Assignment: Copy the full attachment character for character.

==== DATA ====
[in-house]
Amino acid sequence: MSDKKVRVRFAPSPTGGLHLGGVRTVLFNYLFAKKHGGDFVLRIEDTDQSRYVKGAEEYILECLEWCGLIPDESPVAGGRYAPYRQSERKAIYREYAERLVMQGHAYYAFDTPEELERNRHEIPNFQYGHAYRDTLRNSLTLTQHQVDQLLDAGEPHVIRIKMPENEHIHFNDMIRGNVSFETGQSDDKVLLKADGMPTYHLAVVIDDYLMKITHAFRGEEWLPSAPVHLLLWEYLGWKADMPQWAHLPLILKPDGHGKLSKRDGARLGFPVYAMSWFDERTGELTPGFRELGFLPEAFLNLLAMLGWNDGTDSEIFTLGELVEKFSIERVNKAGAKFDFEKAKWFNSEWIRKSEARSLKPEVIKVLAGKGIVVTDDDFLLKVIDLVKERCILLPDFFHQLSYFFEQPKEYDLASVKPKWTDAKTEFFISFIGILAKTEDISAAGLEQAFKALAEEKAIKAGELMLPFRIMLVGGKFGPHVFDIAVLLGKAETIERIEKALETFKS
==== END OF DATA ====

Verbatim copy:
[in-house]
Amino acid sequence: MSDKKVRVRFAPSPTGGLHLGGVRTVLFNYLFAKKHGGDFVLRIEDTDQSRYVKGAEEYILECLEWCGLIPDESPVAGGRYAPYRQSERKAIYREYAERLVMQGHAYYAFDTPEELERNRHEIPNFQYGHAYRDTLRNSLTLTQHQVDQLLDAGEPHVIRIKMPENEHIHFNDMIRGNVSFETGQSDDKVLLKADGMPTYHLAVVIDDYLMKITHAFRGEEWLPSAPVHLLLWEYLGWKADMPQWAHLPLILKPDGHGKLSKRDGARLGFPVYAMSWFDERTGELTPGFRELGFLPEAFLNLLAMLGWNDGTDSEIFTLGELVEKFSIERVNKAGAKFDFEKAKWFNSEWIRKSEARSLKPEVIKVLAGKGIVVTDDDFLLKVIDLVKERCILLPDFFHQLSYFFEQPKEYDLASVKPKWTDAKTEFFISFIGILAKTEDISAAGLEQAFKALAEEKAIKAGELMLPFRIMLVGGKFGPHVFDIAVLLGKAETIERIEKALETFKS